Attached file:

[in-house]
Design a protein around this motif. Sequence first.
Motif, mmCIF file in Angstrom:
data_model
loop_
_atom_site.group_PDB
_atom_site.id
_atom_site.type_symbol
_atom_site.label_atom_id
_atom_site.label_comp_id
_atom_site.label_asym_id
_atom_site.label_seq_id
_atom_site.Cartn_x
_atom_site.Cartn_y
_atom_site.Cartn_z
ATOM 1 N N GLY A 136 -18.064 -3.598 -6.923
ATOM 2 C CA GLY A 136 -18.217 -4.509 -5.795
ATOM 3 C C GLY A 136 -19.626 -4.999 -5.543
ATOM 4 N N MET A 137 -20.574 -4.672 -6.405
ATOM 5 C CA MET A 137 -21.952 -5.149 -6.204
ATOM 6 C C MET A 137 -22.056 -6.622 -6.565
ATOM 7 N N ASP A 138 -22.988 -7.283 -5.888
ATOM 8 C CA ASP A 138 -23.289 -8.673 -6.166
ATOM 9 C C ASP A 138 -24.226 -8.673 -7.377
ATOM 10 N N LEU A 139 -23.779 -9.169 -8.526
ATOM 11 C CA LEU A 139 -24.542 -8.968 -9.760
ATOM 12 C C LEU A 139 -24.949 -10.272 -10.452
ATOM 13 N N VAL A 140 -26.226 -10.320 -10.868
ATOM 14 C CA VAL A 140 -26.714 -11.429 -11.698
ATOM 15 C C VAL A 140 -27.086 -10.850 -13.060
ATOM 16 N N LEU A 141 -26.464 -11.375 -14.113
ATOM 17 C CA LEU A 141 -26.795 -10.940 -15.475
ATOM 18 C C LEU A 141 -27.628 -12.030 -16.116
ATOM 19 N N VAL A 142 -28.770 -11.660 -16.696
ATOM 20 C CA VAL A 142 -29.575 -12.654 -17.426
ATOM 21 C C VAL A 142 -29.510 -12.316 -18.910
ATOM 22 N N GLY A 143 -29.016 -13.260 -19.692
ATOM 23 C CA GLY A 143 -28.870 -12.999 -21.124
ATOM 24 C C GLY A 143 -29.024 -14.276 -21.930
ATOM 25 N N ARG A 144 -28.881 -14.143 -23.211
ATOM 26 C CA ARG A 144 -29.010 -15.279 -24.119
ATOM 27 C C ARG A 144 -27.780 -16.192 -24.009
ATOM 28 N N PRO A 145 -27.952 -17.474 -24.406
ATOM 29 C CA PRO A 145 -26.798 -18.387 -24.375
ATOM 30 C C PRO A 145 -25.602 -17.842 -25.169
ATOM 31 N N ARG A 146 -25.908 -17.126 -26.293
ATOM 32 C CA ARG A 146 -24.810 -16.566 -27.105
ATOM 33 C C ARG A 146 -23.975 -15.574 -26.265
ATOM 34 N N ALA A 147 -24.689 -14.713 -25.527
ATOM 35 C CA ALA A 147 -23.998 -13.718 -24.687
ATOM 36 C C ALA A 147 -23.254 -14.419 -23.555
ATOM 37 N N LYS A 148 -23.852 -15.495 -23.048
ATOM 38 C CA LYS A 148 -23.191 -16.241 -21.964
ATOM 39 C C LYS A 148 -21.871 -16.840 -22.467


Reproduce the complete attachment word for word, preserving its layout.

[in-house]
Design a protein around this motif. Sequence first.
Motif, mmCIF file in Angstrom:
data_model
loop_
_atom_site.group_PDB
_atom_site.id
_atom_site.type_symbol
_atom_site.label_atom_id
_atom_site.label_comp_id
_atom_site.label_asym_id
_atom_site.label_seq_id
_atom_site.Cartn_x
_atom_site.Cartn_y
_atom_site.Cartn_z
ATOM 1 N N GLY A 136 -18.064 -3.598 -6.923
ATOM 2 C CA GLY A 136 -18.217 -4.509 -5.795
ATOM 3 C C GLY A 136 -19.626 -4.999 -5.543
ATOM 4 N N MET A 137 -20.574 -4.672 -6.405
ATOM 5 C CA MET A 137 -21.952 -5.149 -6.204
ATOM 6 C C MET A 137 -22.056 -6.622 -6.565
ATOM 7 N N ASP A 138 -22.988 -7.283 -5.888
ATOM 8 C CA ASP A 138 -23.289 -8.673 -6.166
ATOM 9 C C ASP A 138 -24.226 -8.673 -7.377
ATOM 10 N N LEU A 139 -23.779 -9.169 -8.526
ATOM 11 C CA LEU A 139 -24.542 -8.968 -9.760
ATOM 12 C C LEU A 139 -24.949 -10.272 -10.452
ATOM 13 N N VAL A 140 -26.226 -10.320 -10.868
ATOM 14 C CA VAL A 140 -26.714 -11.429 -11.698
ATOM 15 C C VAL A 140 -27.086 -10.850 -13.060
ATOM 16 N N LEU A 141 -26.464 -11.375 -14.113
ATOM 17 C CA LEU A 141 -26.795 -10.940 -15.475
ATOM 18 C C LEU A 141 -27.628 -12.030 -16.116
ATOM 19 N N VAL A 142 -28.770 -11.660 -16.696
ATOM 20 C CA VAL A 142 -29.575 -12.654 -17.426
ATOM 21 C C VAL A 142 -29.510 -12.316 -18.910
ATOM 22 N N GLY A 143 -29.016 -13.260 -19.692
ATOM 23 C CA GLY A 143 -28.870 -12.999 -21.124
ATOM 24 C C GLY A 143 -29.024 -14.276 -21.930
ATOM 25 N N ARG A 144 -28.881 -14.143 -23.211
ATOM 26 C CA ARG A 144 -29.010 -15.279 -24.119
ATOM 27 C C ARG A 144 -27.780 -16.192 -24.009
ATOM 28 N N PRO A 145 -27.952 -17.474 -24.406
ATOM 29 C CA PRO A 145 -26.798 -18.387 -24.375
ATOM 30 C C PRO A 145 -25.602 -17.842 -25.169
ATOM 31 N N ARG A 146 -25.908 -17.126 -26.293
ATOM 32 C CA ARG A 146 -24.810 -16.566 -27.105
ATOM 33 C C ARG A 146 -23.975 -15.574 -26.265
ATOM 34 N N ALA A 147 -24.689 -14.713 -25.527
ATOM 35 C CA ALA A 147 -23.998 -13.718 -24.687
ATOM 36 C C ALA A 147 -23.254 -14.419 -23.555
ATOM 37 N N LYS A 148 -23.852 -15.495 -23.048
ATOM 38 C CA LYS A 148 -23.191 -16.241 -21.964
ATOM 39 C C LYS A 148 -21.871 -16.840 -22.467